Prostate cancer is the second most common cancer in men. It usually grows very slowly and is unlikely to cause serious problems unless it spreads to other parts of the body. Western dietary patterns rich in dairy products seem to increase the risk of prostate cancer.
Prostate cancer is a disease in which cells in the prostate gland — a walnut-sized gland in the male reproductive system that resides below the bladder and surrounds the upper part of the urethra (i.e., the tube that carries urine from the bladder) and makes seminal fluid — start to grow out of control. It is the second most common cancer in men worldwide and is most prevalent in men over the age of 65; The majority of prostate cancers grow very slowly and are unlikely to cause serious problems. When the cancer is confined to the prostate, long-term prognosis is excellent, but if the cancer begins to grow quickly and spreads to distant organs, it becomes dangerous, and current therapies cannot cure it.
The signs and symptoms of prostate cancer are nonspecific and tend to be more indicative of benign prostatic hyperplasia (i.e., noncancerous enlargement of the prostate) than cancer. They’re mainly related to problems with urinating and include:
- Decreased urinary stream that’s hard to start, or starts and stops
- Frequent urination, especially at night
- Suddenly needing to urinate right away
- Incomplete bladder emptying
- Pain or burning while urinating
- Blood in the urine or semen Although rare in the current era of widespread screening, people with prostate cancer may also present with symptoms of metastatic disease (i.e., the spread of cancer cells to other parts of the body), such as bone pain or fractures.
A doctor can use different tests to screen for prostate cancer, such as a digital (finger) rectal exam, a prostate-specific antigen (PSA, a protein secreted by prostate cells) blood test, and imaging tests (e.g., ultrasound, magnetic resonance imaging). A prostate biopsy is then used to confirm the presence of prostate cancer and determine the severity of the disease.
The treatment selected depends on a variety of factors, including age, comorbidities, expected lifespan, the stage (i.e., the size of the tumor and whether the cancer has spread to other parts of the body) and grade (i.e., how abnormal the cancer cells and tissue look under a microscope and how quickly the cancer cells are likely to grow and spread) of the cancer, and patient preferences. Common treatment options include watchful waiting or active surveillance, surgery, radiation therapy, hormone therapy, chemotherapy, targeted therapy, and immunotherapy.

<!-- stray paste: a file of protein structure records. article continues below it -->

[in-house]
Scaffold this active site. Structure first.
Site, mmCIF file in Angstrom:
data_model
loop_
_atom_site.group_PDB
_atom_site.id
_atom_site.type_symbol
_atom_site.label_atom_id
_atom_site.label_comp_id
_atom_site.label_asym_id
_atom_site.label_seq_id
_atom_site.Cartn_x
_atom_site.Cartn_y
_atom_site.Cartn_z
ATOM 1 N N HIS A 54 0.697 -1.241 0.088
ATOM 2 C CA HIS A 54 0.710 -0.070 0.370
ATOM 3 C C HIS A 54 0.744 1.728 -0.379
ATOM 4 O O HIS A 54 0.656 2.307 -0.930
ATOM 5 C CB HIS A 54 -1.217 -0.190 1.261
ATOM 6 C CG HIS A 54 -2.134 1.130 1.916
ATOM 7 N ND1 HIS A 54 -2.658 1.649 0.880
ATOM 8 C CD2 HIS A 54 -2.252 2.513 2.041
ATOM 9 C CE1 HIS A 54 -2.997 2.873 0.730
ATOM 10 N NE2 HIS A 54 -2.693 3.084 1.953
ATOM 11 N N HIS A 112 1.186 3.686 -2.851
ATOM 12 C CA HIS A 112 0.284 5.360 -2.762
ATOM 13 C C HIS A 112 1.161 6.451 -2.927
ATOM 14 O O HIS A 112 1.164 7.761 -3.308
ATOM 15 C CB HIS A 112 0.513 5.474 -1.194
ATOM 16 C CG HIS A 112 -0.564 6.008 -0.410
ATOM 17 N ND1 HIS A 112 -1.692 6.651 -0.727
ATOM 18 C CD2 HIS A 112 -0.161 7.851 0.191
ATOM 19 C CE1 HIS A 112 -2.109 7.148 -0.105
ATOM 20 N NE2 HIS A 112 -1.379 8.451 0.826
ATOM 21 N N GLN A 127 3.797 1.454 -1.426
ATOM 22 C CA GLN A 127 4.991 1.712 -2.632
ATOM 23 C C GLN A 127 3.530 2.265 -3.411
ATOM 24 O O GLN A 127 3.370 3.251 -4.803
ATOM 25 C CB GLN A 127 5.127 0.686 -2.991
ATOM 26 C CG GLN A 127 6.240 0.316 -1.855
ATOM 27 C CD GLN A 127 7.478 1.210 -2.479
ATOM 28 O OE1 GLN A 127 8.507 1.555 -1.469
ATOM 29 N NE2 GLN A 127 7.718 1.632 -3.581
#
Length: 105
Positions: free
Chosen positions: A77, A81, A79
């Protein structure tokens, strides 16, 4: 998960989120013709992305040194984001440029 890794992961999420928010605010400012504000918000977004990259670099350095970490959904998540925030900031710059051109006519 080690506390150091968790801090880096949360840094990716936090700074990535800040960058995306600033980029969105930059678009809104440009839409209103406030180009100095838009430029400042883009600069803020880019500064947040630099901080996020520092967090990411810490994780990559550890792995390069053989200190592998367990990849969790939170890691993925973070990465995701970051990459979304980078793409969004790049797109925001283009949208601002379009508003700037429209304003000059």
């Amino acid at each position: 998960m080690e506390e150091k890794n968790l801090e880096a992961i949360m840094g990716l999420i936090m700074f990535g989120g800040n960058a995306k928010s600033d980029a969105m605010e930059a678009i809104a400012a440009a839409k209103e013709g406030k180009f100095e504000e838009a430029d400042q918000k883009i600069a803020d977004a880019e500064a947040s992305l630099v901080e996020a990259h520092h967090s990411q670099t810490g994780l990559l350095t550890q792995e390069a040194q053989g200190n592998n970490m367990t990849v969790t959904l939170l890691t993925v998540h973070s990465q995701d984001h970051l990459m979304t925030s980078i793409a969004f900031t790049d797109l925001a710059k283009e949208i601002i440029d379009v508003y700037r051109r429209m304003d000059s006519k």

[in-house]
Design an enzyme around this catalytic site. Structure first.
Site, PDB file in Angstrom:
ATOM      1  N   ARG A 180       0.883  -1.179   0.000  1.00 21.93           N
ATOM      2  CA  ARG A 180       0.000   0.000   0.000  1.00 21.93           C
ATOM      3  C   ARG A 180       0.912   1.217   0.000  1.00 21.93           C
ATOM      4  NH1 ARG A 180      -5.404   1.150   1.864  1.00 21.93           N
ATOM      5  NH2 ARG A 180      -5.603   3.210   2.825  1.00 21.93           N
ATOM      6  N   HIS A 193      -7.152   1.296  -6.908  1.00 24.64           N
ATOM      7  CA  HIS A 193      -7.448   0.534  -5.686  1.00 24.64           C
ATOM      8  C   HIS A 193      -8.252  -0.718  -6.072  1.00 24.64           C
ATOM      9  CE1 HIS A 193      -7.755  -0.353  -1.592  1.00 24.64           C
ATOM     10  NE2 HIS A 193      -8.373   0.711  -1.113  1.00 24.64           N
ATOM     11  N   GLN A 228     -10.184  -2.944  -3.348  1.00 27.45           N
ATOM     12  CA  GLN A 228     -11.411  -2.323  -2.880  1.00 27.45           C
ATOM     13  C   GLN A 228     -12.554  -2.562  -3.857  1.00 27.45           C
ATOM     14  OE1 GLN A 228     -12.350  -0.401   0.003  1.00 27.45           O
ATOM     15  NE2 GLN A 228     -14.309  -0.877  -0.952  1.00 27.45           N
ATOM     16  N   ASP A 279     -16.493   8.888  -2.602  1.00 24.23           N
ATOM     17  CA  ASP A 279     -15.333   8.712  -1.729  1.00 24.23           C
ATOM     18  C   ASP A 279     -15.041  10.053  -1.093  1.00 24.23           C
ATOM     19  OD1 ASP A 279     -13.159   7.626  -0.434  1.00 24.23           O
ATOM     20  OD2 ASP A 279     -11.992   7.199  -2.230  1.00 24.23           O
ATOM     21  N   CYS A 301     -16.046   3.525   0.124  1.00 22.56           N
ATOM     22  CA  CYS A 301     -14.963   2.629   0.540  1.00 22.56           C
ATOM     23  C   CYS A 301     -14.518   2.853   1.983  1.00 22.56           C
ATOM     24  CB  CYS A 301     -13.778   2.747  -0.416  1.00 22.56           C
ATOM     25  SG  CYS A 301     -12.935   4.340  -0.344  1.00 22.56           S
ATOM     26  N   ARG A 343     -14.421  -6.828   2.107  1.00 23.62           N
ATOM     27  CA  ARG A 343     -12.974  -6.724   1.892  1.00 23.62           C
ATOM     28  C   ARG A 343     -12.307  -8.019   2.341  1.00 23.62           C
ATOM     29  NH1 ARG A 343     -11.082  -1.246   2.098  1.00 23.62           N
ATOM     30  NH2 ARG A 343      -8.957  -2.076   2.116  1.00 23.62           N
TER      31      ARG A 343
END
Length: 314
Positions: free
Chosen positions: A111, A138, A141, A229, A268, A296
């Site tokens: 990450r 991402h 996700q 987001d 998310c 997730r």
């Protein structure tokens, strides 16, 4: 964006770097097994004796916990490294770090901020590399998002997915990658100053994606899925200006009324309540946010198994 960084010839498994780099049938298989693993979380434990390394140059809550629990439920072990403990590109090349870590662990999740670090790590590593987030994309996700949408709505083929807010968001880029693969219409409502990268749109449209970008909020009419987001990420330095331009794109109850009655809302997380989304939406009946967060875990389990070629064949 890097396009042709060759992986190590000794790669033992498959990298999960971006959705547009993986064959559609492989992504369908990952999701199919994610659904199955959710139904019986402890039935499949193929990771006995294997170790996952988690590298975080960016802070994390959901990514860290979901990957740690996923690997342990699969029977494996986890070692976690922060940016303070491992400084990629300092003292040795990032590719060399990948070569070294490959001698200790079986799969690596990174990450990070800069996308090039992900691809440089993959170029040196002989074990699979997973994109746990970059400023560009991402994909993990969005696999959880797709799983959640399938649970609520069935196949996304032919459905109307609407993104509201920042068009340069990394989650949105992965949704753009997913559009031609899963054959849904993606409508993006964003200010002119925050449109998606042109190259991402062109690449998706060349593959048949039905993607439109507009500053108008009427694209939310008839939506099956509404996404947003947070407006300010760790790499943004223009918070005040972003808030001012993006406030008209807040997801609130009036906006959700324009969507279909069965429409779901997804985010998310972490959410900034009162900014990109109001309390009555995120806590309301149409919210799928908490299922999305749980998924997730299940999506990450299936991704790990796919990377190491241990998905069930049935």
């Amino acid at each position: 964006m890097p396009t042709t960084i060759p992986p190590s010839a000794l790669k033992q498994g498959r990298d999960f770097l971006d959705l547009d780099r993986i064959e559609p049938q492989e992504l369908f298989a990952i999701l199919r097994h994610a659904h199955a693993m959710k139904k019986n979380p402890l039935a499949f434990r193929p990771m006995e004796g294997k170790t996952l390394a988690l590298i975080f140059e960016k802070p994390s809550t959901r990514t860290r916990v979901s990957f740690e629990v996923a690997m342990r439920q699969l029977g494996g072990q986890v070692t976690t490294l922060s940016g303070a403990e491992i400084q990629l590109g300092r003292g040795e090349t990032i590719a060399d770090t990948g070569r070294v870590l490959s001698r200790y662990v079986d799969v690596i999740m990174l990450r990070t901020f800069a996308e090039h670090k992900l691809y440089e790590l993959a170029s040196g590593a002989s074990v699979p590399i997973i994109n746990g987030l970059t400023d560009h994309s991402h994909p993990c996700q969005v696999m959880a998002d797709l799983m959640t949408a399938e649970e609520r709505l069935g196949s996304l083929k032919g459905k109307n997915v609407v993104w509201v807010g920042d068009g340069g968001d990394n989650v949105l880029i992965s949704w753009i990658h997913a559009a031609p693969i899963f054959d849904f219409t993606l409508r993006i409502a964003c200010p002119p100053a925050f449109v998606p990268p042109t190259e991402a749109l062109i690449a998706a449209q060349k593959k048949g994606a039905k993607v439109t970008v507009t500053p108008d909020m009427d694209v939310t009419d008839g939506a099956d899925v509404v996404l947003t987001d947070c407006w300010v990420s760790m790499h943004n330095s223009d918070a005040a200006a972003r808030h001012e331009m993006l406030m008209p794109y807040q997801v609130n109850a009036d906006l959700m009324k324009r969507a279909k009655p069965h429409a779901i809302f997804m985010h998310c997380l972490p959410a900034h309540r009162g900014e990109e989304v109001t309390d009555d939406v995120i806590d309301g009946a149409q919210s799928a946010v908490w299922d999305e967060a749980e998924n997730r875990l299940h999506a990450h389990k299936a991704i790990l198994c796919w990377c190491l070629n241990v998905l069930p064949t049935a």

Watchful waiting or active surveillance is typically reserved for older men without symptoms and prostate cancer that isn’t likely to grow or with comorbidities that would affect their immediate lifespan. Surgery or radiation therapy are used in the early stages of prostate cancer to try and cure the disease.
Because oxidative stress is implicated in the development of prostate cancer, phenolic compounds and micronutrients with antioxidant effects have mainly been studied for reducing the risk of or treating the disease:
A Western dietary pattern rich in animal-based protein, dairy products, and refined carbohydrates tends to be associated with an increased risk of prostate cancer, whereas a healthy plant-based dietary pattern (e.g., the Mediterranean diet) tends to be associated with a decreased risk of prostate cancer. Concerning specific dietary factors, a notable body of evidence indicates that a high intake of dairy products is associated with an increased risk of prostate cancer, while fairly consistent evidence indicates a high intake of lycopene from tomato products is associated with a decreased risk of prostate cancer. Also, obesity increases the risk of advanced prostate cancer, so a hypocaloric diet that facilitates weight loss is often beneficial in this population.
The precise causes of prostate cancer are unclear, but they involve changes in the DNA of a normal prostate cell, which are either inherited or acquired throughout life. Several genes have been linked to prostate cancer (e.g., TMPRSS2-ERG, SPOP, FOXA1, BRCA1, BRCA2). Additionally, the risk of prostate cancer is approximately doubled in men who are Black or have a first-degree relative with prostate cancer compared to the general population. Acquired gene mutations are the result of errors in the DNA replication process, which occur at random or via the influence of other factors (e.g., diet, hormone levels, exposure to cancer-causing chemicals).